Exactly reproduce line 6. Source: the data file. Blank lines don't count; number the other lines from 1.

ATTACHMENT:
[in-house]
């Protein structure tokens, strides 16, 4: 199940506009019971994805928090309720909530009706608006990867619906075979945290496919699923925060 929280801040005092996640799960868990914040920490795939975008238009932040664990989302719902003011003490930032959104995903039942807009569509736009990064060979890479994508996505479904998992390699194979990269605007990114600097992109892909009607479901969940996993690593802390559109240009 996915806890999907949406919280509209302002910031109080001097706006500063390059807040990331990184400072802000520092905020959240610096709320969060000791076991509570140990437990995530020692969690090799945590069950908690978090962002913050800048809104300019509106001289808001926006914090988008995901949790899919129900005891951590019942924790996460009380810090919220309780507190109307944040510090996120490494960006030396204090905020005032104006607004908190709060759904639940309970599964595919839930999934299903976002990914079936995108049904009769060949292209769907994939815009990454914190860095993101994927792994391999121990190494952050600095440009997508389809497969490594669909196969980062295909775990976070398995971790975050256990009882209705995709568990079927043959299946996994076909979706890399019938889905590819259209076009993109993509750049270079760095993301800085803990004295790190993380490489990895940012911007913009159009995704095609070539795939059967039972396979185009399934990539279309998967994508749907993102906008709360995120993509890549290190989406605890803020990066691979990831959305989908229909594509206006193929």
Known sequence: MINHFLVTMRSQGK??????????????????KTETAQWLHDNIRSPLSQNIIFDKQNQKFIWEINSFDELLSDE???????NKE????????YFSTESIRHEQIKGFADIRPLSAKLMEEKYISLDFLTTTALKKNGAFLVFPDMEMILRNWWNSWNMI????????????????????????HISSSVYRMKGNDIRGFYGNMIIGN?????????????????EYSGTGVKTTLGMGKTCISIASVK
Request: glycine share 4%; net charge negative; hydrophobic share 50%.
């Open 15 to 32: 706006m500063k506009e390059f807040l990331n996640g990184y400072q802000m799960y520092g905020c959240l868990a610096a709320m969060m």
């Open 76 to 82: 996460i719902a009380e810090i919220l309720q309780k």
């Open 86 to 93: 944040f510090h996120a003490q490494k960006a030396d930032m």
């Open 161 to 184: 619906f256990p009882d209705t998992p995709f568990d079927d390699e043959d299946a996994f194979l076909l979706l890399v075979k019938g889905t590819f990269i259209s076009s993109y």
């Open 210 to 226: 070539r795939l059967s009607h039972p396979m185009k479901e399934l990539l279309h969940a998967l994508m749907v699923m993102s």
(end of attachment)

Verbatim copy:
């Open 76 to 82: 996460i719902a009380e810090i919220l309720q309780k």